EN H320 LA steel sheets were boronized with four different boron sources (Ekabor 1, Ekabor 2, Ekabor 3 and Ekabor HM) by the powder pack method. The boronizing process was carried out at 973, 1073 and 1173 K for 3 h. The borided samples were investigated by means of X-ray diffraction, optical microscopy, microhardness measurements and tensile tests. XRD studies showed that the boride layer consisted of phases FeB and Fe2B. The microhardness of the boride layers ranged between 1450 and 1651 HV, depending on the boronizing source. The thickness of the boride layer increased with increasing particle size of the boronizing powders and with increasing boronizing temperature. Tensile properties were also affected by the boronizing process and the particle size of the boronizing powders. Microhardness, tensile strength and elongation values were improved with the boronizing treatment. Extensive cracking was observed at the interface between the Fe2B and FeB layers.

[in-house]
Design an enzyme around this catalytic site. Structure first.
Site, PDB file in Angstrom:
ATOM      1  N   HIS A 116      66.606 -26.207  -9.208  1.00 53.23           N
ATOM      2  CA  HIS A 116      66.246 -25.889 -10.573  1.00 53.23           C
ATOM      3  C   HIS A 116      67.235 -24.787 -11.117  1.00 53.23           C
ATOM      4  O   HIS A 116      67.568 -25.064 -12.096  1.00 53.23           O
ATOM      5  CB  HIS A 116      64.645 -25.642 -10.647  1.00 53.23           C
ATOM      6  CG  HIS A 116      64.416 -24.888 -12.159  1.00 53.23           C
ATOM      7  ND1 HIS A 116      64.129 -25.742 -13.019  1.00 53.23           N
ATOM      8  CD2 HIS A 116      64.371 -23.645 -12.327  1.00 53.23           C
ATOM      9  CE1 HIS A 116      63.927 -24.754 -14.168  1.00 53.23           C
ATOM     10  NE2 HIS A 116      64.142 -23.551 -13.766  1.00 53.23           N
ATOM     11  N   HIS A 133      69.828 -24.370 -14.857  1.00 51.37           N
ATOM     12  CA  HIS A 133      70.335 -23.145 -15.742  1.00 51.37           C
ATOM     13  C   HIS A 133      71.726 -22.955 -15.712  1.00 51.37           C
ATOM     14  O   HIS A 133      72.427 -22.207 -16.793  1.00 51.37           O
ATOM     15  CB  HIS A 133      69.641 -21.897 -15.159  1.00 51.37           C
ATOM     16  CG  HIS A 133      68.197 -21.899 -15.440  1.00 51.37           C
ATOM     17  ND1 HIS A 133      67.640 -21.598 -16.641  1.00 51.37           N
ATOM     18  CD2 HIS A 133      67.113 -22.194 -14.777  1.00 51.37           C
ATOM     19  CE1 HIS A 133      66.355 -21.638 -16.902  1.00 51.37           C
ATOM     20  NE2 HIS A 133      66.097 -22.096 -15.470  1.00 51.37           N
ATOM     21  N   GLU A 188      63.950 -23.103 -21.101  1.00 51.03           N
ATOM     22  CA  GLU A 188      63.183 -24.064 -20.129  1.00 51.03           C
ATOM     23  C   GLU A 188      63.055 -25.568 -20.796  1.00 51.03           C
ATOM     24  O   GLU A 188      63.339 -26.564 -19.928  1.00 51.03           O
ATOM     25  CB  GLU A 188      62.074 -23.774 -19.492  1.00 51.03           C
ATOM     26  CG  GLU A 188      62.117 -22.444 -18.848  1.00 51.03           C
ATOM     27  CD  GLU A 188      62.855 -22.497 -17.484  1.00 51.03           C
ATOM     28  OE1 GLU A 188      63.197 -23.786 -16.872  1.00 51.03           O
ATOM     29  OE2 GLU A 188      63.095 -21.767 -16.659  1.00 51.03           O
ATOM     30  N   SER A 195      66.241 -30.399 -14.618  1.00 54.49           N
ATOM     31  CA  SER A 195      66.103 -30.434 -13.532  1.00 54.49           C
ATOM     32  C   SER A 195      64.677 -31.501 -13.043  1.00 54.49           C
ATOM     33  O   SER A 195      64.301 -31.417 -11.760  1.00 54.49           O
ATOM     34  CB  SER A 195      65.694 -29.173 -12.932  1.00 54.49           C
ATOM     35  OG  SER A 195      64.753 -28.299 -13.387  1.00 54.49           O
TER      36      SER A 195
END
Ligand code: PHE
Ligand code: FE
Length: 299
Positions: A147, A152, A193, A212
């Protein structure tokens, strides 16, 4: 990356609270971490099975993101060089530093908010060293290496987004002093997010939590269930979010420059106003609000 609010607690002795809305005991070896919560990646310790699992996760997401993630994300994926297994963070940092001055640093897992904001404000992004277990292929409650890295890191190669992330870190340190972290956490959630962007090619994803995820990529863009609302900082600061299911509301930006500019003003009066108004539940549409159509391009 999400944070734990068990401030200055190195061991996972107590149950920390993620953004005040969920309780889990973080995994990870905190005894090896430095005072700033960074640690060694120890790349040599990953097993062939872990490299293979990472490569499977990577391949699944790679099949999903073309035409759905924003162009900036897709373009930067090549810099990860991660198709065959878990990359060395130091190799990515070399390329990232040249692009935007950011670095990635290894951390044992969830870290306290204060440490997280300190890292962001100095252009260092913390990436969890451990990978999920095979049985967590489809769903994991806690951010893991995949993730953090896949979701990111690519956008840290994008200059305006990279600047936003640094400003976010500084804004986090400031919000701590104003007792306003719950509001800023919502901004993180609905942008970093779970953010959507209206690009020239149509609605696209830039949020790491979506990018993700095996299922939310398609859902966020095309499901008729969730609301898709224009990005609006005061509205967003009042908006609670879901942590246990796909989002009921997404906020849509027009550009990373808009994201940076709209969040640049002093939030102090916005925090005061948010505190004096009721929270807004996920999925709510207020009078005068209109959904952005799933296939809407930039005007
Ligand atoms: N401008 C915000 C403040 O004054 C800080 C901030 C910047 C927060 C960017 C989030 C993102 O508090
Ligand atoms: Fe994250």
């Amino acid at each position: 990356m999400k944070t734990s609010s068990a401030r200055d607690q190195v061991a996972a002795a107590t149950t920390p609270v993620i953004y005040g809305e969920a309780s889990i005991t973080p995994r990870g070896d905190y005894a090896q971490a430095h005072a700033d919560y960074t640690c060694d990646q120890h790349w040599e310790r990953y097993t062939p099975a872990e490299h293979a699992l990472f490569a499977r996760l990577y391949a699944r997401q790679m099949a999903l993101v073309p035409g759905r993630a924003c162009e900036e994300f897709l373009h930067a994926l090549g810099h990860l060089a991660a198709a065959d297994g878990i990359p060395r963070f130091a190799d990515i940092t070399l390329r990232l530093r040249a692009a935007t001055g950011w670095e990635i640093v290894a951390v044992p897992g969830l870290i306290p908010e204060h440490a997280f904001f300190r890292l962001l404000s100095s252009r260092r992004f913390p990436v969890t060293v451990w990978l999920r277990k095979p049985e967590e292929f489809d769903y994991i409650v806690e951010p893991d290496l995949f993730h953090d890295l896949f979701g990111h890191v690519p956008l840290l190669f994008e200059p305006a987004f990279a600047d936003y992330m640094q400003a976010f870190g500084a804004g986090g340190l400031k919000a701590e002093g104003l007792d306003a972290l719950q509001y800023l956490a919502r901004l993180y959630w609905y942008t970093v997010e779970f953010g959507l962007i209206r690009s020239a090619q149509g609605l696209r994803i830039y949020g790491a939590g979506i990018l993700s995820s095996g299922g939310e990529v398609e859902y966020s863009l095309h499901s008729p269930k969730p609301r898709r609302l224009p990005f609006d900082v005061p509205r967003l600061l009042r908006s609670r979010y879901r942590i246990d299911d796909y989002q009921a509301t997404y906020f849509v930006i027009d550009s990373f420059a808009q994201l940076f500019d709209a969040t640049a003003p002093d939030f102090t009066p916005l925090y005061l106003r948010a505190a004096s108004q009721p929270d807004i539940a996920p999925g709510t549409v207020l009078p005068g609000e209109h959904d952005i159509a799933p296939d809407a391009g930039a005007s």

The X-ray diffraction technique for measuring the microscopic-scale distribution of internal stress in grains of polycrystalline metal was developed in order to investigate the mechanism of the intergranular stress corrosion cracking in non-sensitized stainless steel. This technique utilized the energy dispersive X-ray diffraction with white X-ray micro beam. It enabled to evaluate elastic strain occurring in each grain distorted by cold rolling. The materials were cold-rolled in one dimension to produce 20% reduction in thickness at room temperature. The internal stress of individual grains in 20% cold-rolled SUS316 stainless steel was evaluated applying external tensile stress up to 380 MPa over elastic limit. The result indicated the inhomogeneous microscopic-scale distribution of internal stress in grains. The residual stress was distributed dispersedly to each grain in the range from compressive stress of about –500 MPa to tensile stress of about 400 MPa. The distribution of applied tensile stress to each grain was inhomogeneous.